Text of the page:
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U.S. Admits It Released Chief Suspect in Massacre of Shiites

May 30, 2003|John Daniszewski | Times Staff Writer

BAGHDAD — U.S. officials on Thursday admitted that they had in custody, and then released, the main suspect in the worst single known massacre of Shiite civilians -- including men, women and children -- that took place near Hillah in central Iraq.

The release of Mohammed Jawad Neifus is sure to bring outrage against the United States among Shiite Muslims, some of whom have already alleged that the U.S. government was not serious about prosecuting war crimes suspects from the regime of Saddam Hussein.

Neifus was a major landowner in the town of Mahaweel, near Hillah, where at least 3,000 bodies have been unearthed in recent weeks of people subjected to mass executions in March and April 1991 after a Shiite uprising against Hussein following the Persian Gulf War that the United States at first encouraged, but later abandoned.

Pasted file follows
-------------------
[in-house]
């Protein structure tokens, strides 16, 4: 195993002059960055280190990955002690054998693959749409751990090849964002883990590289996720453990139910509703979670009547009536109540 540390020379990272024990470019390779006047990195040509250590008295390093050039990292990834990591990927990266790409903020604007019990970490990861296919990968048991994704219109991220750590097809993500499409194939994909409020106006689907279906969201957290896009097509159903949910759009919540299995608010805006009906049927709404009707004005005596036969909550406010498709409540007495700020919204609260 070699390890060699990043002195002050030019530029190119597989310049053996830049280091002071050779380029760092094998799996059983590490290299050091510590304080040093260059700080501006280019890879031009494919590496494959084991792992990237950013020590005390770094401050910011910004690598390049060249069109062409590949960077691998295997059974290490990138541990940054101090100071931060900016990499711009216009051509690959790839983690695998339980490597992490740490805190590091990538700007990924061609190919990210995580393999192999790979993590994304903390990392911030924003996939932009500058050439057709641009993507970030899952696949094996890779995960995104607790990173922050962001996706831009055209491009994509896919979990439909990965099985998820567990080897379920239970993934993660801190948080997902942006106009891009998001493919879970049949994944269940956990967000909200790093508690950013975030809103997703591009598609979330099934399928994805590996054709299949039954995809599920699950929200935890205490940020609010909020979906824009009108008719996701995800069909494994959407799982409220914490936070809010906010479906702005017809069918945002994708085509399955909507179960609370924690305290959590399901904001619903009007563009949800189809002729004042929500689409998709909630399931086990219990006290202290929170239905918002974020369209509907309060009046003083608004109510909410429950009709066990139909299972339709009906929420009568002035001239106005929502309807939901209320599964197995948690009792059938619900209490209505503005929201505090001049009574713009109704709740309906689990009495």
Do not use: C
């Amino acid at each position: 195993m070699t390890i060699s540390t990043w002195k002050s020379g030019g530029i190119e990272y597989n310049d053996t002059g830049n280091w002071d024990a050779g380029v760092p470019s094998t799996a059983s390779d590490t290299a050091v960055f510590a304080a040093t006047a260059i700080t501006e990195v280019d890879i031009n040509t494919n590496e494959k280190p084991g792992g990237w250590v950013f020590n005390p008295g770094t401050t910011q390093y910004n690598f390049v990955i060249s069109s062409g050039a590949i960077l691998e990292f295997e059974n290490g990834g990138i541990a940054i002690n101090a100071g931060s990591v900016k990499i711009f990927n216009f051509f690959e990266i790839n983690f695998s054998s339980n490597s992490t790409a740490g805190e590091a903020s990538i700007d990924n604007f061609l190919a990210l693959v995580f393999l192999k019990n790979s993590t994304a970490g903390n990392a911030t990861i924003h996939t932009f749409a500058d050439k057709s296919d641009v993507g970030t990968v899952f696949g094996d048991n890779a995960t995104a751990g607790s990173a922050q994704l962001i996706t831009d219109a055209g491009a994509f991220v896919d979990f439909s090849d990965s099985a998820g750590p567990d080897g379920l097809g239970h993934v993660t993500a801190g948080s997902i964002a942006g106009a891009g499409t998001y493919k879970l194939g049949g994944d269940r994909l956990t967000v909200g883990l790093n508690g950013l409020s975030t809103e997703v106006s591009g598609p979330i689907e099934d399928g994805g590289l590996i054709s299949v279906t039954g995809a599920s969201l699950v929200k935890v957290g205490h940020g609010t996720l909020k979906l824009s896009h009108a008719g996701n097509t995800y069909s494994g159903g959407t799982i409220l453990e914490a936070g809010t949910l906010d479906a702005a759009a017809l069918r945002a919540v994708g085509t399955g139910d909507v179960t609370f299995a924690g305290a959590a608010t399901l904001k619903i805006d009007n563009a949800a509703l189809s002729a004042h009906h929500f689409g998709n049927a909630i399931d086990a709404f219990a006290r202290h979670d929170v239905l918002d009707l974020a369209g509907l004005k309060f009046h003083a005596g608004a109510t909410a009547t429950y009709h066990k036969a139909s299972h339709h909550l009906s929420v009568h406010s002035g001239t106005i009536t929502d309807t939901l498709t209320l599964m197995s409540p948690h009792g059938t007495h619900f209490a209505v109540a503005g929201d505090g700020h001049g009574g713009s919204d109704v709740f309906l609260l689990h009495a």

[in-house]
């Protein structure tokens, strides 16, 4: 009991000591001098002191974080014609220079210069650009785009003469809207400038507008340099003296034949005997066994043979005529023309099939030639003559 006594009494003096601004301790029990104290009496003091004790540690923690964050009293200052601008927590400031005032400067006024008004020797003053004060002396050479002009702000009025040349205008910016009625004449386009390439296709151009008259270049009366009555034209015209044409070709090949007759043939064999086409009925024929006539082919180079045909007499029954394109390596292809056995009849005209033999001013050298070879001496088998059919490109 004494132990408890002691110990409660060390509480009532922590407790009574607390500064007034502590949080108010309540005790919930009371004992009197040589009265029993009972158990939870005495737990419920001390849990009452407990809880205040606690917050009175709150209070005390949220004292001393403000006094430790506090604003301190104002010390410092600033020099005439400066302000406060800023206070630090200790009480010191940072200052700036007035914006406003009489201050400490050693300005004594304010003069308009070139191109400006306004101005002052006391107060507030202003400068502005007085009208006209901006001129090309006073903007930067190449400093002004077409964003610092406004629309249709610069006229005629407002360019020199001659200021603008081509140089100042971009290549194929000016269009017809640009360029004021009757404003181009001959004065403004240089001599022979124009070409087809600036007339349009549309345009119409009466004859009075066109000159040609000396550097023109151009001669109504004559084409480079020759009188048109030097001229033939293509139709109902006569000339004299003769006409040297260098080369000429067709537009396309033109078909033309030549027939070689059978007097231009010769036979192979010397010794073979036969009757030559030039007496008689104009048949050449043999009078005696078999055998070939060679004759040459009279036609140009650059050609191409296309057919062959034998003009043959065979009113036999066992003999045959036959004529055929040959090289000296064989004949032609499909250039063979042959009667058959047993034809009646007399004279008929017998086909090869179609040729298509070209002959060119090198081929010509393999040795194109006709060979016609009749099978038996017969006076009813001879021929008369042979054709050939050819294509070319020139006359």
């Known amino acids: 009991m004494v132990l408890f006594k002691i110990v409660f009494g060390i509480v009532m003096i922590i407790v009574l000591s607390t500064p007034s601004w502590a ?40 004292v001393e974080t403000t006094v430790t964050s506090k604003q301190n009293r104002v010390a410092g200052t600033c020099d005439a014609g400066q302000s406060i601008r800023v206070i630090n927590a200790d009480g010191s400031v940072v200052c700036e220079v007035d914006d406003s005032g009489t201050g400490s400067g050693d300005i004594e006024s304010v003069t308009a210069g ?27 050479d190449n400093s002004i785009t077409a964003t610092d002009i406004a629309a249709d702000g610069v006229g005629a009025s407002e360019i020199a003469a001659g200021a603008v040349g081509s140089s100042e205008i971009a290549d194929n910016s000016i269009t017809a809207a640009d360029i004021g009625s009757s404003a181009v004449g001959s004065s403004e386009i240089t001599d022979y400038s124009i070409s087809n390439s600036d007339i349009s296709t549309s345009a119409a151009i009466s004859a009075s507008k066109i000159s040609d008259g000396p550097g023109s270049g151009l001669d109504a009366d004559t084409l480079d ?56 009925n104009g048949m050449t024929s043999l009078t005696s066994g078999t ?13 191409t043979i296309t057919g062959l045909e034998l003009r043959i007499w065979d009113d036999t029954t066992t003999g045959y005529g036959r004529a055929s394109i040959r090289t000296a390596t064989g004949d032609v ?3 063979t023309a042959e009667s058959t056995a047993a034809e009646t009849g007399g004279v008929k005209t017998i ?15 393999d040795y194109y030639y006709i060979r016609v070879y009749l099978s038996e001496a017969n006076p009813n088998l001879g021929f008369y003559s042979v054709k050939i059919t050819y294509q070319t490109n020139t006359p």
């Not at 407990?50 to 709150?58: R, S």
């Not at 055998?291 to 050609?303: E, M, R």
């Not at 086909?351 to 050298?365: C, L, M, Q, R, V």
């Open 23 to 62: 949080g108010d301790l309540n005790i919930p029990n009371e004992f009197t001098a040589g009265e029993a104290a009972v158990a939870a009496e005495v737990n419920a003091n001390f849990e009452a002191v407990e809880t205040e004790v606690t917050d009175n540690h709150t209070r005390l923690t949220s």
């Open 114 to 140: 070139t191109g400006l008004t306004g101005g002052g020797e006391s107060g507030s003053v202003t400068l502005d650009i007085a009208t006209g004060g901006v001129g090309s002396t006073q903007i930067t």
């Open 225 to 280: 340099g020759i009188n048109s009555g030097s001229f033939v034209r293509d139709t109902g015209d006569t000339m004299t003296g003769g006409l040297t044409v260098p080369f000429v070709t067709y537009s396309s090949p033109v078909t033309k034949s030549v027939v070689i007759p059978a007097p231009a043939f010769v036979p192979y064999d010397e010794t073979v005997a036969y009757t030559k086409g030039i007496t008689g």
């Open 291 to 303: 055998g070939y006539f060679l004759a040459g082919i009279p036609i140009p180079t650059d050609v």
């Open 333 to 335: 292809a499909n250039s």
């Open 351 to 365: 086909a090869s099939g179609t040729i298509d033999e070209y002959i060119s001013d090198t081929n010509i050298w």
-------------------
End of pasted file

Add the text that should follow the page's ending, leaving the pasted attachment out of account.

According to residents of the area, Neifus and his relatives rounded up Shiites after government troops regained control of the area, loaded them onto buses and then killed them in groups of 15 to 30 after forcing them into pre-dug mass graves.

The residents alleged that Neifus, a Baath Party activist, collected a bounty from Hussein of about $20 for each person killed.

In the area, Neifus was known as a "little Saddam Hussein."

The U.S. military is offering a $25,000 reward for information leading to Neifus' recapture, U.S. Central Command said Thursday.

In a statement, Central Command said that Neifus was first detained April 26 but was released May 18 after an initial screening, the Reuters news agency said.

The release came after human rights activists had discovered the mass grave and journalists were writing detailed accounts of the massacre.

"There was nothing unusual about the story he told that alerted the [Judge Advocate General's Corps] officer to his true identity. Therefore he was cleared for release," Central Command said.

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